Every five years if it applies in your area, from £500.
How do you prevent a tenant from kicking someone’s head in? You make his landlord get a licence. Nope, that’s not a joke. Reducing ‘anti-social behaviour’ is the reason why about one in ten councils in England have brought in selective licensing for landlords. In Wales and Scotland, you need a licence to let almost any home.
The schemes are also meant to raise living standards. However, they only require that you do the things any half-baked landlord would do anyway, like have a contract, tenant references, a gas safety certificate, smoke alarms and safe electrics (most of which are already legislated). A slum landlord intent on breaking these laws won’t start sticking to them just because he now has to get a licence. He’ll just break the licence law, too. Duh!
What’s really needed is better enforcement, not more rules. In 2012, there were 150,000 more people prosecuted for not having a TV licence than for poor or criminal property practices. In the meantime, all landlord licensing does is make the government look like they’re doing something to help renters trapped by the housing crisis.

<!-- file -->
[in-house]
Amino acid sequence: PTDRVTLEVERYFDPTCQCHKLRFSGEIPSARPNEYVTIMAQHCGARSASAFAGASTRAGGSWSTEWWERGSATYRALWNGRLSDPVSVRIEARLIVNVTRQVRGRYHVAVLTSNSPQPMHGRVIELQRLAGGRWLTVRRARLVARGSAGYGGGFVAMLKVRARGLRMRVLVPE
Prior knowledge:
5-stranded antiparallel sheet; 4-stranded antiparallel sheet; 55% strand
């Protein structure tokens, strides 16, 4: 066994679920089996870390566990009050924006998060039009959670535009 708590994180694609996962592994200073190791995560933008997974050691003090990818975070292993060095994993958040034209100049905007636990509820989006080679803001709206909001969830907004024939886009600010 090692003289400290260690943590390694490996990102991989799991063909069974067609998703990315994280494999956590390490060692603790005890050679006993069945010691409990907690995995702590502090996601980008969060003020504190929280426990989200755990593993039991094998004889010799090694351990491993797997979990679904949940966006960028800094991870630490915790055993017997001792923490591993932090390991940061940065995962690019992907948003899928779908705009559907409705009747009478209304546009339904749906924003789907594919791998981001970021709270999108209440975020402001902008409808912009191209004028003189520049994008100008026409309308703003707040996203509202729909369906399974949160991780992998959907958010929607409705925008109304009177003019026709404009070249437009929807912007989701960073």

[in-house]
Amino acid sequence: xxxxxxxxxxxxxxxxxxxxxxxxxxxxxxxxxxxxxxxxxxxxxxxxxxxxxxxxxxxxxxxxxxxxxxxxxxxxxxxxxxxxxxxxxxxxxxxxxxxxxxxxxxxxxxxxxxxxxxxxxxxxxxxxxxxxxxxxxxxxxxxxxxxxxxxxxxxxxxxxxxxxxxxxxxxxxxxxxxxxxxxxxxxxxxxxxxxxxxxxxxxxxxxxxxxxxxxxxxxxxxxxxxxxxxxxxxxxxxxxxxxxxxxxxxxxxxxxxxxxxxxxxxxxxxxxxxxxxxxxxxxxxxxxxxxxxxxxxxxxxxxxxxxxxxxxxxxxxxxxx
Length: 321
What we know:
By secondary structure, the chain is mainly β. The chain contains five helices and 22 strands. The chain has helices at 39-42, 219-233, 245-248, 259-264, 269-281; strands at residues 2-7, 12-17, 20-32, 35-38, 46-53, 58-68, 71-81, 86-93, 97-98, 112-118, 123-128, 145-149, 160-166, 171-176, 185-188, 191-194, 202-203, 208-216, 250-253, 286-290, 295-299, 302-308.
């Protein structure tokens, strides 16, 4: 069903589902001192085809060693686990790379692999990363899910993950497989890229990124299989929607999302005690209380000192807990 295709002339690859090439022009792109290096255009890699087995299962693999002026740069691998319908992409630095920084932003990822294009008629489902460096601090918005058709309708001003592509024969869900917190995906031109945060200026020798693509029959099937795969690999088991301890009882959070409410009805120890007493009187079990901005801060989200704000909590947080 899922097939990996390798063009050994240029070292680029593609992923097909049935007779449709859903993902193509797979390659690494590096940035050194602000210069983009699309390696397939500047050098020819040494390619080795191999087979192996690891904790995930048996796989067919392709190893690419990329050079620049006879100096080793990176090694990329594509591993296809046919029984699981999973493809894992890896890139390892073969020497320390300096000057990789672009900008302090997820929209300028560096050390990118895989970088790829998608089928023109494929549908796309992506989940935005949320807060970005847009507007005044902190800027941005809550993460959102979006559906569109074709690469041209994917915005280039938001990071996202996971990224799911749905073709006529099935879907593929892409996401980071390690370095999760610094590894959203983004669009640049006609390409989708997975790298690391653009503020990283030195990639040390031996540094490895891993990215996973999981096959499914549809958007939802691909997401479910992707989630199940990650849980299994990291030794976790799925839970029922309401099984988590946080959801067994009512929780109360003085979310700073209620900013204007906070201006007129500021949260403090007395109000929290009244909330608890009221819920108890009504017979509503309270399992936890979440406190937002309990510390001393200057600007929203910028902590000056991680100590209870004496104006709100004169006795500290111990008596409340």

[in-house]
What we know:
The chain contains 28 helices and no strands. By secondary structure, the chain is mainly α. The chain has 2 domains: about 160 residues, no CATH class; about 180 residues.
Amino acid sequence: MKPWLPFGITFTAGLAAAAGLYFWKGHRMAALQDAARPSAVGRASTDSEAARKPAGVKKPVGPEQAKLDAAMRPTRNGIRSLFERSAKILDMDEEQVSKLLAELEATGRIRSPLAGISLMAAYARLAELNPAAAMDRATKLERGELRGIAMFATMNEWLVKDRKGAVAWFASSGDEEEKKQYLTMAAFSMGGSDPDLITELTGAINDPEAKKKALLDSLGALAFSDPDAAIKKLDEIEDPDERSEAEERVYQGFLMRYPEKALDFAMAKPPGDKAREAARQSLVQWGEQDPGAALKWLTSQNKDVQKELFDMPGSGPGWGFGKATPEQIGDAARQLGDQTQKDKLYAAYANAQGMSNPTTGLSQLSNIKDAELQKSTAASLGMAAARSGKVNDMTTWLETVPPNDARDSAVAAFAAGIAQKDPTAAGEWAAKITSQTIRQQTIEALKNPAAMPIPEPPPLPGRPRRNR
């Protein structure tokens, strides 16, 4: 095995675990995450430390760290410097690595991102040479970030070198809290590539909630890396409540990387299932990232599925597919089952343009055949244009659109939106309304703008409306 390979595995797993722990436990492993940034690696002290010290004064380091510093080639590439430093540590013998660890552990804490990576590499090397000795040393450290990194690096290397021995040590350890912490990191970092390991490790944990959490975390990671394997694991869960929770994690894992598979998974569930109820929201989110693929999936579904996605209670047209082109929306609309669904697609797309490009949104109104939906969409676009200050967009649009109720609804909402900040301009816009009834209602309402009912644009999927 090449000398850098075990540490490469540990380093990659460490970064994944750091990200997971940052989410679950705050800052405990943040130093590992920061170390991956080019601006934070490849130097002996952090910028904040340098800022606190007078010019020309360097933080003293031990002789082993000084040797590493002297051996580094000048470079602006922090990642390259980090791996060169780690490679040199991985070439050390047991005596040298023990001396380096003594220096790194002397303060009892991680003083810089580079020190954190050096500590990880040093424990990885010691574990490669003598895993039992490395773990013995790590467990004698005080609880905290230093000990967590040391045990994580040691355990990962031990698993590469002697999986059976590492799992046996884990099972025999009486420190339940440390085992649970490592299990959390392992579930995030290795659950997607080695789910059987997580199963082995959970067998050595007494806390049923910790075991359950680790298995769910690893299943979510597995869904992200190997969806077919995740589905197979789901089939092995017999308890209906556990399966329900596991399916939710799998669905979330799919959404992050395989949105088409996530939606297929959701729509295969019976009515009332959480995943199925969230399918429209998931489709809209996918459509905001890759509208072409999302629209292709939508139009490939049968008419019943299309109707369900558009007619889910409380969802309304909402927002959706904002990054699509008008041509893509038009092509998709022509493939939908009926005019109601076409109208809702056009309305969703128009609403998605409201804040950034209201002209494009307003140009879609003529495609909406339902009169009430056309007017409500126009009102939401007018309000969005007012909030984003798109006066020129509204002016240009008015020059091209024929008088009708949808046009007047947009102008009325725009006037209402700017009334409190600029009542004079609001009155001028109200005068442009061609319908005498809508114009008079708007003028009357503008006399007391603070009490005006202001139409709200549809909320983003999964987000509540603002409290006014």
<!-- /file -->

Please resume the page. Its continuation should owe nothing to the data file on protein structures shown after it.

If landlord licensing applies in your area, you’ll have to stump up around £500 for a five-year licence per rental property of any kind. Check with your council on its rules – fines can be unlimited. You might even have to endure plastic pastries and an approximation of coffee while council stooges wax on about the absolute virtue of their ever-expanding rulebook in a day-long course.
Several London boroughs and around thirty other councils across England were mugging landlords – and if you’re not among those, your area might be next. Some schemes cover the whole city or borough (for example, Liverpool and Newham); others only specific streets. Wales, Scotland and Northern Ireland have countrywide schemes (rentsmart.gov.wales; landlordregistrationscotland.gov.uk; landlordregistration.nidirect.gov.uk).
Londonpropertylicensing.co.uk lists the rules for all London boroughs.
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